For those that do not reside in the U.S., the File-Based import feature will be particularly useful. Here, you can import your financial data in the form of a .csv,. ofx or .qfx file. Note that you will need to download your bank’s financial data first, before importing it to your portal.
What Platforms are these Tools Available On?
Pros and Cons
Personal Capital Pros
- The free version has a plethora of tools for normal users seeking to gain control of their long-term finances
- Has both budgeting and investment tools
- Support is available 24/7 on both free and premium versions
- No advertisements on their app and web platform
Personal Capital Cons
- The wealth of tools might overwhelm people who are only interested in budgeting functionalities
- The fees charged for wealth management services are a bit high
- There is a high minimum required to access wealth management services
- Works on simple principles that help you to take control of your finances
- Installation is simple and quick
- You can import bank data from a file if you are not based in the United States
- Perfect for individuals using a budgeting app for the first time
- Has an extensive bank of information that makes up for lack of live support
- No free version
- Does not import previous transactions from your accounts
FAQs About Personal Capital and YNAB
Personal Capital is one of the top companies in the financial technology niche. It offers free financial tools that consolidate all your account data into one portal and give you a clear picture of your financial situation.
Personal Capital offers various tools that let you budget better, but they are not as efficient as those offered by YNAB. Personal Capital is focused on long term financial stability which is more of planning as opposed to budgeting. If you are looking for an efficient budgeting tool, choose YNAB.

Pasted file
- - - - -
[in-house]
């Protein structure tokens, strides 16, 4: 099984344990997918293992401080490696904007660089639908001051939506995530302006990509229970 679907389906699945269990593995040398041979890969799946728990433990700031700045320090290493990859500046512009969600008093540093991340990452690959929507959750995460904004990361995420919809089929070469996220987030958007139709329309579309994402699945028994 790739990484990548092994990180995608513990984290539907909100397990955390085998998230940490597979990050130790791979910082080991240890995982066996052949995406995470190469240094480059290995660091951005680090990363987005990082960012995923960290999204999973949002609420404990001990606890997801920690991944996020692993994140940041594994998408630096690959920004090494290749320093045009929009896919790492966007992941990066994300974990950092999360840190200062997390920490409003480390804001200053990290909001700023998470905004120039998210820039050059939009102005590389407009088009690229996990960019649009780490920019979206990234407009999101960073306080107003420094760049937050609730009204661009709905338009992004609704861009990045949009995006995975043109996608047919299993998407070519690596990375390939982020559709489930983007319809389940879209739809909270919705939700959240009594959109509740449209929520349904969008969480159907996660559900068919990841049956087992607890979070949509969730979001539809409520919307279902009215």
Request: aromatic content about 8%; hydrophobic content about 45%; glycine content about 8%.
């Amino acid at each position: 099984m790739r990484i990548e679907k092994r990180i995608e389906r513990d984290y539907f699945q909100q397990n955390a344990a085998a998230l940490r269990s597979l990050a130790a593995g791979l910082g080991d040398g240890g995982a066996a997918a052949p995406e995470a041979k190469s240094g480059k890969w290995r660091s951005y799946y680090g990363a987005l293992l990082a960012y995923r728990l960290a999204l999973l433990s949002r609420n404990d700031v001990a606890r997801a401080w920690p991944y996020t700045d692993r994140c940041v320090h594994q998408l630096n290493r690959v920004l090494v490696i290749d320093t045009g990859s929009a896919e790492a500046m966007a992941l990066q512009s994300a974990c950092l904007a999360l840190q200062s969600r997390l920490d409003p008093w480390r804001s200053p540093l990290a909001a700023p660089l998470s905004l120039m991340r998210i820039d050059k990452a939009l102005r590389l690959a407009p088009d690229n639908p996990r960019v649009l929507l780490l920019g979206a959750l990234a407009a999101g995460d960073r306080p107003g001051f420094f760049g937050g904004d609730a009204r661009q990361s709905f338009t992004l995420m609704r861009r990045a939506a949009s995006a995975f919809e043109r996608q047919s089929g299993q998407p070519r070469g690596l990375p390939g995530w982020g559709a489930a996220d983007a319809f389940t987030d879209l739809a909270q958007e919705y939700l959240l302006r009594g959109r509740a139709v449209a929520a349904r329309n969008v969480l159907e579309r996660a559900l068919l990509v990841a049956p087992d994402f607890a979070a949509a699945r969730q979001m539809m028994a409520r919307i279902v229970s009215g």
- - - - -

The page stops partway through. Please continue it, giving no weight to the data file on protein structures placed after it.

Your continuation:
Personal Capital and YNAB are designed with top-level security features. This way, your bank account information will always be safe. Note that these tools are only allowed to read the information on your bank accounts and do nothing else. This way, their privileges are very minimal in regards to how they access your financial accounts.
Personal Capital and YNAB are great budgeting tools, but they run on different principles, and the best one depends on what you prefer. To help you determine this, we will look at the two in regards to budgeting and planning as these are what constitute financial freedom.
Personal Capital relies on a cash-flow budgeting approach. Here, you can set different budgeting categories where you can see the cash coming in and going out. The incoming cash mostly consists of income, dividends, and interest while the outgoing cash consists of expenditure and savings.
The tool will alert you when you overspend or underspend in a specific category. This approach is not a disciplined one, and it suits people who are cautious of having a financial deficit at any point. Notwithstanding that, it is a bit flexible, and if you are not strict with your budget, it might not work for you.
YNAB, on the other hand, works on a zero-based budgeting approach. This method is a disciplined one in that; you need to account for every dollar that comes into your account. You allocate the money to all your budgeting categories until there is nothing left.
The approach is heavily guided, and it works for people who are not strict with their spending. It is good since it makes you focus on savings and debt payments rather than waiting to see how much you have left at the end of your payment period and then using this balance to pay off debts.
The aspect of planning is more long term with regard to these two tools. Here, Personal Capital is the clear winner since it offers tools that help you achieve long term goals.
It allows you to include investment accounts, help you manage the associated fees, and even has a retirement planner. Once your asset base hits the $100k mark, you can sign up for the premium version and get personalized wealth management services.
YNAB is not very good at planning. It does not have the tools to allow you to do this. The simple logic behind the way it works aims to give you control over your finances for the short term but offers very little for the long run.
In a nutshell, these tools focus on different essential financial issues. If you are looking to consolidate your long-term financial situation, Personal Capital is the perfect tool for you. On the other hand, if you want to start small and take control of how you spend your monthly payments and build up from this, go for YNAB.